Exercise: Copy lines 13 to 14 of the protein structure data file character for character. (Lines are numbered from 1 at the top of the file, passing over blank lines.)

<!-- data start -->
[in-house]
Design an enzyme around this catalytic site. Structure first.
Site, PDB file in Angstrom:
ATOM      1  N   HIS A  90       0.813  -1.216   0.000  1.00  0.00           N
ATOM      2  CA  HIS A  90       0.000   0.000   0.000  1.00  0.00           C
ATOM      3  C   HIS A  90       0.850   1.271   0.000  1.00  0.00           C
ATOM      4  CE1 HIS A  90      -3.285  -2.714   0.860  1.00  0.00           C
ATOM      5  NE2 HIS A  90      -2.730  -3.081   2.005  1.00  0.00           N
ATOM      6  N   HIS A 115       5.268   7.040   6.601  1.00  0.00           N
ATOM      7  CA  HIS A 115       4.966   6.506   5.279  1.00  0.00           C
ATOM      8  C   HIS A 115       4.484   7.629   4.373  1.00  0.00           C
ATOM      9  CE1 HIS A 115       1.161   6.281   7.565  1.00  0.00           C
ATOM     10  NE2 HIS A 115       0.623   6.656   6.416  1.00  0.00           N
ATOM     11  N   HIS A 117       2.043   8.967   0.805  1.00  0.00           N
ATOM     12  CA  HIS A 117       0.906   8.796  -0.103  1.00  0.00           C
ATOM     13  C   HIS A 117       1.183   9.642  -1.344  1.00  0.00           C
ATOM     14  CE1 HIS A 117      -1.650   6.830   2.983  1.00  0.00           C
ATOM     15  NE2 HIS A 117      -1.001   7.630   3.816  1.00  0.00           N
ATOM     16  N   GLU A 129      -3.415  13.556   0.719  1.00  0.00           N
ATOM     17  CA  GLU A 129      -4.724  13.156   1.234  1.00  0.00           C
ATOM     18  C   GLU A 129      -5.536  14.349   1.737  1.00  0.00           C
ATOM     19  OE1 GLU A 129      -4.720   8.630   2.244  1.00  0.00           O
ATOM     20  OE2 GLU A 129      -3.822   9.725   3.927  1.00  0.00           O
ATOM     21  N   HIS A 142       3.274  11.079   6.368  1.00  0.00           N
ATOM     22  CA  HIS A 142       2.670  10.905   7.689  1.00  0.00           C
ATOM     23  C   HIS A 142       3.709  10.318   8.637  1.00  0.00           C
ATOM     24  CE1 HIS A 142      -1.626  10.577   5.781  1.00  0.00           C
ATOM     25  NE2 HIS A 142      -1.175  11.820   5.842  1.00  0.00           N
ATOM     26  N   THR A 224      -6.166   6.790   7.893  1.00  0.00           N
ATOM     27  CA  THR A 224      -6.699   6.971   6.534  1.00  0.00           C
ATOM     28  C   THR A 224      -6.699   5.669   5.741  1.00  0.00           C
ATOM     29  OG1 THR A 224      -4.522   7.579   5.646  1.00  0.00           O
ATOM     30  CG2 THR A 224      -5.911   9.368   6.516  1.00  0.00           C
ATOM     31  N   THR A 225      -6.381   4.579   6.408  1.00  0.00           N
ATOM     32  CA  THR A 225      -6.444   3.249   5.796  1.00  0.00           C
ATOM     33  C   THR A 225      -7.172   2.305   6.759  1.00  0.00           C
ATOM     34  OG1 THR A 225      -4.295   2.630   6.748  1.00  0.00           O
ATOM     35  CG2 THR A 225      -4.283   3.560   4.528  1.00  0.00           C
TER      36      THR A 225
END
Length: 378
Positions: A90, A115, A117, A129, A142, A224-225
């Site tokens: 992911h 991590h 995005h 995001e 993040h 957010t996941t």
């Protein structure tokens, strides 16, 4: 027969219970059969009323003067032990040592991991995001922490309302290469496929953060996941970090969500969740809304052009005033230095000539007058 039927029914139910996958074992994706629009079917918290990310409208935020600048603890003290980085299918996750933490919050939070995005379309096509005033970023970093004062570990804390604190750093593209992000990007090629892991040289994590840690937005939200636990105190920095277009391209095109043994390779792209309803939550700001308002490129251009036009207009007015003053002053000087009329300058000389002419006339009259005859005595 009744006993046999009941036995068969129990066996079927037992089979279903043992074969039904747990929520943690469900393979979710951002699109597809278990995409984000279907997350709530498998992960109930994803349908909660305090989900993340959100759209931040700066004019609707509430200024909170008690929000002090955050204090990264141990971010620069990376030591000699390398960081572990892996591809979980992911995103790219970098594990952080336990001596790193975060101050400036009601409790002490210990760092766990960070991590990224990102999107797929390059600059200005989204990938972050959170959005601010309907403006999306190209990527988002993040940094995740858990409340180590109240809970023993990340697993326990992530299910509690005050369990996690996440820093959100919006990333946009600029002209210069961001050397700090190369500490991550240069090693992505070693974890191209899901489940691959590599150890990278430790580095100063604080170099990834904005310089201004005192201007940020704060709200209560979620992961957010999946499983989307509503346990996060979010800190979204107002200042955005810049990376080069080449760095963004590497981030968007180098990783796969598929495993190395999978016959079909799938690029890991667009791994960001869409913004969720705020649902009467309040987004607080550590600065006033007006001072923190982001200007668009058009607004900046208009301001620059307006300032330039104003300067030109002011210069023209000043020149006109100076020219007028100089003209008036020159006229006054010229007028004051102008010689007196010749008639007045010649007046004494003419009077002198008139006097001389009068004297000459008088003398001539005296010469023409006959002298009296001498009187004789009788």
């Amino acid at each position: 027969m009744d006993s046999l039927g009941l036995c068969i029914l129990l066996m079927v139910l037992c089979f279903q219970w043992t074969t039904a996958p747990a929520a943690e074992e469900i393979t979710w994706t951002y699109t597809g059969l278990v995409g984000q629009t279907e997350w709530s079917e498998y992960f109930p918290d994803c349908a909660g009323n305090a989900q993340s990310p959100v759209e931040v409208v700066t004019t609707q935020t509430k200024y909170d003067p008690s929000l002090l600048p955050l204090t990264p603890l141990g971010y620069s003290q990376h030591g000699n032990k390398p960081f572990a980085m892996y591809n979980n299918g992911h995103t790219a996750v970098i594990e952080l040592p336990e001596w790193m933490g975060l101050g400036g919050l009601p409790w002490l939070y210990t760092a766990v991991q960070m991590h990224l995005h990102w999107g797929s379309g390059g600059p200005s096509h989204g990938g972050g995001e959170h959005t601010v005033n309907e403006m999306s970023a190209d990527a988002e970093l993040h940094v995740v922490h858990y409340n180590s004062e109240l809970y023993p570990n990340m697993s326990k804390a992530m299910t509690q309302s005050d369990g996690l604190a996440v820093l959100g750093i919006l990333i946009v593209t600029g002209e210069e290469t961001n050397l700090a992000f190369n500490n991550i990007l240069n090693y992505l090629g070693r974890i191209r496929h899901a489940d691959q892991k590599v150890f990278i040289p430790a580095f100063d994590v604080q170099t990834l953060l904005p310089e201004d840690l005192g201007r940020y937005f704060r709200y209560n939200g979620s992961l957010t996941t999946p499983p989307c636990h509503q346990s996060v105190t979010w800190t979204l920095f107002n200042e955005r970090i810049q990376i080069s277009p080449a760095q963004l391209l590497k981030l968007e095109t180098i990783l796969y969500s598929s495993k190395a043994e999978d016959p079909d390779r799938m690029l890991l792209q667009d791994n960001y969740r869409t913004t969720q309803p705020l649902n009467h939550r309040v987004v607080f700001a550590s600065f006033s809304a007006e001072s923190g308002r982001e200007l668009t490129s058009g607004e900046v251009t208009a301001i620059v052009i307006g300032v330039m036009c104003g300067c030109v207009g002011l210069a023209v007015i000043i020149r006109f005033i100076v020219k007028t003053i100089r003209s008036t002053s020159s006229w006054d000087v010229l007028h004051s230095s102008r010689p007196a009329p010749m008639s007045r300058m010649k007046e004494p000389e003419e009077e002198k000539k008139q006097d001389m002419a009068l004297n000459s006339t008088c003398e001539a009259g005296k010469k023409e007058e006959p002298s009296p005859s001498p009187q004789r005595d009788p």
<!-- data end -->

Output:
ATOM     10  NE2 HIS A 115       0.623   6.656   6.416  1.00  0.00           N
ATOM     11  N   HIS A 117       2.043   8.967   0.805  1.00  0.00           N